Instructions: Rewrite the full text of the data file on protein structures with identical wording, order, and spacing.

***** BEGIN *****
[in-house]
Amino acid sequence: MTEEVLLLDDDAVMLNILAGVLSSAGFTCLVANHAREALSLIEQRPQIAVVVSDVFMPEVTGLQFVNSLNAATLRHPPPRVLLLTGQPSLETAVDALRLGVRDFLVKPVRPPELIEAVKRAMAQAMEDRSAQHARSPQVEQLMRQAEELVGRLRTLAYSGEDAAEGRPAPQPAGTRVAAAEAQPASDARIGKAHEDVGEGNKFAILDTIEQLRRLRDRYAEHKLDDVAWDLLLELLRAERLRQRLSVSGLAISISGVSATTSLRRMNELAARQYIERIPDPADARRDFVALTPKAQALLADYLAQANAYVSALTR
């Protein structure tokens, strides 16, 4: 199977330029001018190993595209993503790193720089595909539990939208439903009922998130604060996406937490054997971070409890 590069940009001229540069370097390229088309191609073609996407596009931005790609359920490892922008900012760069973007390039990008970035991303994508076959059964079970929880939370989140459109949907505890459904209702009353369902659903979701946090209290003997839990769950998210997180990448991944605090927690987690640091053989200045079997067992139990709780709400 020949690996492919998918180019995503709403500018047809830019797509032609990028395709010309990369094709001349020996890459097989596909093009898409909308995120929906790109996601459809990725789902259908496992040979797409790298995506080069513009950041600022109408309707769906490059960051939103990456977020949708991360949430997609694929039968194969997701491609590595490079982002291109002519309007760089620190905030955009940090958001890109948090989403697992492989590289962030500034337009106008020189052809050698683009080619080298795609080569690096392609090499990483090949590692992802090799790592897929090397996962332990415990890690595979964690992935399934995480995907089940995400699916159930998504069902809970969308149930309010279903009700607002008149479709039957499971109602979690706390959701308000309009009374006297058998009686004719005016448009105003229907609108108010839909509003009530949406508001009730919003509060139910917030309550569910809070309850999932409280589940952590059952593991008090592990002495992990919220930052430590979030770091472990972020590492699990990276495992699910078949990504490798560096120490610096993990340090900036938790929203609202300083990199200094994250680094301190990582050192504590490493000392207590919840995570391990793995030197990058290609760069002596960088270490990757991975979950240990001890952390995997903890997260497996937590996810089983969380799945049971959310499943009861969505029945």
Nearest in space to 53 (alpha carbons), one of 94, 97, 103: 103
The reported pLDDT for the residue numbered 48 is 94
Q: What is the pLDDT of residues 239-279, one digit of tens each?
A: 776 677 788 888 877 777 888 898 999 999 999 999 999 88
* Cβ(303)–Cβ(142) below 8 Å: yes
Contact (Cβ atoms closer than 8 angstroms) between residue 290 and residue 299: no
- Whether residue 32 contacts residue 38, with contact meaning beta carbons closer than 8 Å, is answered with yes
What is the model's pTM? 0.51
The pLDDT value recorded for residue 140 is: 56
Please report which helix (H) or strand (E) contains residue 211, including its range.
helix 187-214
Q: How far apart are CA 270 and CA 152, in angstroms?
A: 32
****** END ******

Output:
[in-house]
Amino acid sequence: MTEEVLLLDDDAVMLNILAGVLSSAGFTCLVANHAREALSLIEQRPQIAVVVSDVFMPEVTGLQFVNSLNAATLRHPPPRVLLLTGQPSLETAVDALRLGVRDFLVKPVRPPELIEAVKRAMAQAMEDRSAQHARSPQVEQLMRQAEELVGRLRTLAYSGEDAAEGRPAPQPAGTRVAAAEAQPASDARIGKAHEDVGEGNKFAILDTIEQLRRLRDRYAEHKLDDVAWDLLLELLRAERLRQRLSVSGLAISISGVSATTSLRRMNELAARQYIERIPDPADARRDFVALTPKAQALLADYLAQANAYVSALTR
């Protein structure tokens, strides 16, 4: 199977330029001018190993595209993503790193720089595909539990939208439903009922998130604060996406937490054997971070409890 590069940009001229540069370097390229088309191609073609996407596009931005790609359920490892922008900012760069973007390039990008970035991303994508076959059964079970929880939370989140459109949907505890459904209702009353369902659903979701946090209290003997839990769950998210997180990448991944605090927690987690640091053989200045079997067992139990709780709400 020949690996492919998918180019995503709403500018047809830019797509032609990028395709010309990369094709001349020996890459097989596909093009898409909308995120929906790109996601459809990725789902259908496992040979797409790298995506080069513009950041600022109408309707769906490059960051939103990456977020949708991360949430997609694929039968194969997701491609590595490079982002291109002519309007760089620190905030955009940090958001890109948090989403697992492989590289962030500034337009106008020189052809050698683009080619080298795609080569690096392609090499990483090949590692992802090799790592897929090397996962332990415990890690595979964690992935399934995480995907089940995400699916159930998504069902809970969308149930309010279903009700607002008149479709039957499971109602979690706390959701308000309009009374006297058998009686004719005016448009105003229907609108108010839909509003009530949406508001009730919003509060139910917030309550569910809070309850999932409280589940952590059952593991008090592990002495992990919220930052430590979030770091472990972020590492699990990276495992699910078949990504490798560096120490610096993990340090900036938790929203609202300083990199200094994250680094301190990582050192504590490493000392207590919840995570391990793995030197990058290609760069002596960088270490990757991975979950240990001890952390995997903890997260497996937590996810089983969380799945049971959310499943009861969505029945």
Nearest in space to 53 (alpha carbons), one of 94, 97, 103: 103
The reported pLDDT for the residue numbered 48 is 94
Q: What is the pLDDT of residues 239-279, one digit of tens each?
A: 776 677 788 888 877 777 888 898 999 999 999 999 999 88
* Cβ(303)–Cβ(142) below 8 Å: yes
Contact (Cβ atoms closer than 8 angstroms) between residue 290 and residue 299: no
- Whether residue 32 contacts residue 38, with contact meaning beta carbons closer than 8 Å, is answered with yes
What is the model's pTM? 0.51
The pLDDT value recorded for residue 140 is: 56
Please report which helix (H) or strand (E) contains residue 211, including its range.
helix 187-214
Q: How far apart are CA 270 and CA 152, in angstroms?
A: 32